Chris Gateley / Mustang News

At Cal Poly, the homecoming court and royalty have long been a way to recognize graduating seniors who performed outstandingly in their time here, both academically and socially. This year, however, the university is taking a step away from tradition and toward inclusivity, by instituting gender-inclusive voting for homecoming royalty.

In the past, each of the six colleges would choose a “prince” and “princess” for homecoming court, two of whom would be voted “king” and “queen” by Cal Poly alumni and the student body. This year, the two most outstanding senior students from each college will be selected for homecoming court regardless of gender.

The top two students with the most votes will each be given the gender-neutral title of Homecoming Royalty. This decision was made by the alumni office in coordination with Associated Students, Inc. and the Office of Diversity and Inclusivity, in response to feedback from students and faculty.

Voting links for the full list on homecoming nominees will be up this week at alumni.calpoly.edu

Here’s an up-close look at two of the seniors on homecoming court this year, representing the College of Science and Mathematics and the College of Engineering, respectively.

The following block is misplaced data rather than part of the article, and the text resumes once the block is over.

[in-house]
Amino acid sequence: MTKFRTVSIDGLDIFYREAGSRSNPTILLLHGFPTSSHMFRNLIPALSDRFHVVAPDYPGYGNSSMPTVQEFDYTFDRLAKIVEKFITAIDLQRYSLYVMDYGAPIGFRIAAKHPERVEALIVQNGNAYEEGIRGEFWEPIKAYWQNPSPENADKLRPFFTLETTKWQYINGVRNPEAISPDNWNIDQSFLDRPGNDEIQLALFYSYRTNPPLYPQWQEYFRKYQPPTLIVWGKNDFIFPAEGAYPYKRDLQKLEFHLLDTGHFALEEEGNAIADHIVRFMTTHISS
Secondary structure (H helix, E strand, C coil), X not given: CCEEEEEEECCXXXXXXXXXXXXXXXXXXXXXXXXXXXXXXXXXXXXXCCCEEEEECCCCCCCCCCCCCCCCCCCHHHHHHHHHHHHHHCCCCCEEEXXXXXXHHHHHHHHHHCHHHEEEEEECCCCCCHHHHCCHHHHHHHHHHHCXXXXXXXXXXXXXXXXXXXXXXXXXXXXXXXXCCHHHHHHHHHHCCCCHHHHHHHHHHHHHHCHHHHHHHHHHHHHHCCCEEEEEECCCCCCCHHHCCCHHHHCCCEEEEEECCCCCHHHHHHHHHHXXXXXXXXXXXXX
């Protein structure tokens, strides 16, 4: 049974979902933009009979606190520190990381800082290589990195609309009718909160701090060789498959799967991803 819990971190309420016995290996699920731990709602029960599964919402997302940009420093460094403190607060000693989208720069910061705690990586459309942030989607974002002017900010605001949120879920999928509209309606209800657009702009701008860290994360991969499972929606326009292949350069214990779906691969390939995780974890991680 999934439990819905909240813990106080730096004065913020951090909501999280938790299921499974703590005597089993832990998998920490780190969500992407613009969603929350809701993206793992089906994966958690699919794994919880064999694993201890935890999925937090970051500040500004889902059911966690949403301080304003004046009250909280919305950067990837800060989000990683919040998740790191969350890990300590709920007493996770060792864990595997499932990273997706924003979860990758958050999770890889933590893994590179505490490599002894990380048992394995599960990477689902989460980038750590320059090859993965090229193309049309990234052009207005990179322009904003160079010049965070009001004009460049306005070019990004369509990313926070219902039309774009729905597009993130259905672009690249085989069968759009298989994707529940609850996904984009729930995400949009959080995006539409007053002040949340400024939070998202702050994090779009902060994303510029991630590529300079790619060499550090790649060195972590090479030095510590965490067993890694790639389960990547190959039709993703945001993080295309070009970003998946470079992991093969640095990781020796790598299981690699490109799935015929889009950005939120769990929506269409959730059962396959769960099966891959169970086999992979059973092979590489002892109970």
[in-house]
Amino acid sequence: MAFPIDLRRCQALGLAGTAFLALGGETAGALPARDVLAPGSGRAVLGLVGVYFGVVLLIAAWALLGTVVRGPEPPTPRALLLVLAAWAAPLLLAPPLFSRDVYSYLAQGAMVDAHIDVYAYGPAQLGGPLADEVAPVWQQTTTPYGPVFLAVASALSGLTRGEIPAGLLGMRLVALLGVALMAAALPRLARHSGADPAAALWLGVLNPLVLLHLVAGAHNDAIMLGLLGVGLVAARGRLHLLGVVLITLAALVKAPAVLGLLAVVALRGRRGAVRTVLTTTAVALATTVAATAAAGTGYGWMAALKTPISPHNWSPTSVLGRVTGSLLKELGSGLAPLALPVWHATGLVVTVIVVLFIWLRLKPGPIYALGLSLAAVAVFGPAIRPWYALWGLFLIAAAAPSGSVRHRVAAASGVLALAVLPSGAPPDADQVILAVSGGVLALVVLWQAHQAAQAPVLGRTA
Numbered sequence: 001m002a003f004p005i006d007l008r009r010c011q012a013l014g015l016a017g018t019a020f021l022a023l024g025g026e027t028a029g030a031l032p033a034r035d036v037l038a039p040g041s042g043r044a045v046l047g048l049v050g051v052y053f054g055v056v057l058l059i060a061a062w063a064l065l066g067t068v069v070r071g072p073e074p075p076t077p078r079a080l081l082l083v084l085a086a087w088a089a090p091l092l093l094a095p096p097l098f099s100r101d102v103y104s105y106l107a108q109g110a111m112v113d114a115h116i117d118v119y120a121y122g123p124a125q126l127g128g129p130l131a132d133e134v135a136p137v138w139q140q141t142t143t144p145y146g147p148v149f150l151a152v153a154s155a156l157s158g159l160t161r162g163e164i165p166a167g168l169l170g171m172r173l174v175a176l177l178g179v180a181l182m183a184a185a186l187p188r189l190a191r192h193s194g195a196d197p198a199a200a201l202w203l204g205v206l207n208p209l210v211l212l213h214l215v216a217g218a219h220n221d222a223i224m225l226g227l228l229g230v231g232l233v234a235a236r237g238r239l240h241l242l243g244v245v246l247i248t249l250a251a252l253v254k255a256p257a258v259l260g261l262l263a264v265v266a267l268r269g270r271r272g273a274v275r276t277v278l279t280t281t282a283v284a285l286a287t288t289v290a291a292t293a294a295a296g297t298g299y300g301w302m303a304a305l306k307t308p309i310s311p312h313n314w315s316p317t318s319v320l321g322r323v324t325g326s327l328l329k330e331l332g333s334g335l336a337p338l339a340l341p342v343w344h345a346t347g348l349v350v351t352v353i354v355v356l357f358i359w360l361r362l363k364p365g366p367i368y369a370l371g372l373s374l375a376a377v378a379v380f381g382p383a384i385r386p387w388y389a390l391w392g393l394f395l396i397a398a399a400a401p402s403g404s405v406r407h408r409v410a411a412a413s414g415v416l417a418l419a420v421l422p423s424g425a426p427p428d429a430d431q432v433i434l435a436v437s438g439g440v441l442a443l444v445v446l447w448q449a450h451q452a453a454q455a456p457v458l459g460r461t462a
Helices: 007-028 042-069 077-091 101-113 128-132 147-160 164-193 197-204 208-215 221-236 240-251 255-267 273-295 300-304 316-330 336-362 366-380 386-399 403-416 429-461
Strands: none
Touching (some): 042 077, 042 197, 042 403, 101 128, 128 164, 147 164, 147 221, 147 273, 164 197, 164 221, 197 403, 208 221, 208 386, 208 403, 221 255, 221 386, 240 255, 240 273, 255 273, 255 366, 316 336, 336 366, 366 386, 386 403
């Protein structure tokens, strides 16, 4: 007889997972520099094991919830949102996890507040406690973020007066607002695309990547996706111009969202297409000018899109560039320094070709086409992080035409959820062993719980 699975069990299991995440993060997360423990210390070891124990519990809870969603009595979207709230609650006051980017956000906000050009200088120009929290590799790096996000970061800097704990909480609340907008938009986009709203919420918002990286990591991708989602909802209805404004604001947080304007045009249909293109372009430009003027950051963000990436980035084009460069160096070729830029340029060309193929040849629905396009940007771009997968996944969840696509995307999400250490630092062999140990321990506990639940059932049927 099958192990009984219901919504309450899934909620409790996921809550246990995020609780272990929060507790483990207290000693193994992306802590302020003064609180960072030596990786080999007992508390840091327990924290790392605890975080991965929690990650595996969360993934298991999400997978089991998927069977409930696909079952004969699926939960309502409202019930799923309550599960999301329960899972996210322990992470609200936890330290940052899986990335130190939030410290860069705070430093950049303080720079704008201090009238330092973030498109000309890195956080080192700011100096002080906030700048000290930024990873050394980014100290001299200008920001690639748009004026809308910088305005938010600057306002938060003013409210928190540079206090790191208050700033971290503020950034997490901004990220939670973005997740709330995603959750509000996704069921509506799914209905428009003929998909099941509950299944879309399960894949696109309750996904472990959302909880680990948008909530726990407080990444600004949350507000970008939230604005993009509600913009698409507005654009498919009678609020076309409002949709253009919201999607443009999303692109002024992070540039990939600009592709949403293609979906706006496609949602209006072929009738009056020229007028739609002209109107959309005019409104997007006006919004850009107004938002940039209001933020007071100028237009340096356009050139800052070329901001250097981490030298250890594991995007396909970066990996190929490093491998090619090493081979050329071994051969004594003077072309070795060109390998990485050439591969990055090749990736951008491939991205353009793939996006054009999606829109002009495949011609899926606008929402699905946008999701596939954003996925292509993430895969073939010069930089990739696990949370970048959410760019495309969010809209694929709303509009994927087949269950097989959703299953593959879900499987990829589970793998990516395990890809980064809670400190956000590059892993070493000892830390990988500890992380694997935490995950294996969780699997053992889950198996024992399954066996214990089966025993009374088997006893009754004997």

Jessica Catson

Major: Liberal studies

Hometown: San Ramon,  California

On-campus involvement: President of the College of Science and Math Ambassadors; intramural softball, basketball and flag football

Mustang News: What made you choose Cal Poly?

JC: I fell in love with the location in SLO, and the campus in general. Being so close to the beach is really nice, and I just loved the whole aspect of Learn by Doing. When I first came here, I knew that this is where I wanted to be.

MN: What are your plans after graduation?

JC: I want to be an elementary school teacher. After I graduate, I’m going to get my credential, which is a year-long program. I haven’t decided exactly where yet, but possibly Cal Poly.

MN: What do you like to do when you’re not studying or working with on-campus groups?

JC: I volunteer at Bishop Peak Elementary, since I want to be a teacher. And I don’t have that much free time, but I like food a lot. I like to cook it, but I especially like to eat it, so I love to go around and try new restaurants and food places in SLO … My favorite place to eat in SLO is Eureka. I also love to go to the beach and play spike ball and KanJam and other games there.

MN: What’s your favorite TV show to binge-watch?

JC: Right now, my roommates and I are watching Nashville. Last night we literally watched six episodes; it was a super exciting Friday night.

MN: Favorite place to study on campus?

JC: Definitely Baker [Science].

MN: What’s one thing still on your San Luis Obispo or Cal Poly bucket list for before you graduate?

JC: I really like to hike, and I still haven’t completed the Tri-tip Challenge, so I really want to finish that.

MN: What do you think of the new gender-inclusive homecoming court?

JC: I think it’s a super good direction for us to go in as a school. It’s important for everyone to feel welcome, and not like they’re forced into certain gender roles.

MN: Finally, any advice for first years?

JC: Don’t be afraid to try something outside of your comfort zone! And make sure to balance your academics and fun. We’re here to learn, but make sure you’re enjoying yourself too.

Zach Sharpell

Major: Mechanical engineering

Hometown: Escondido, CA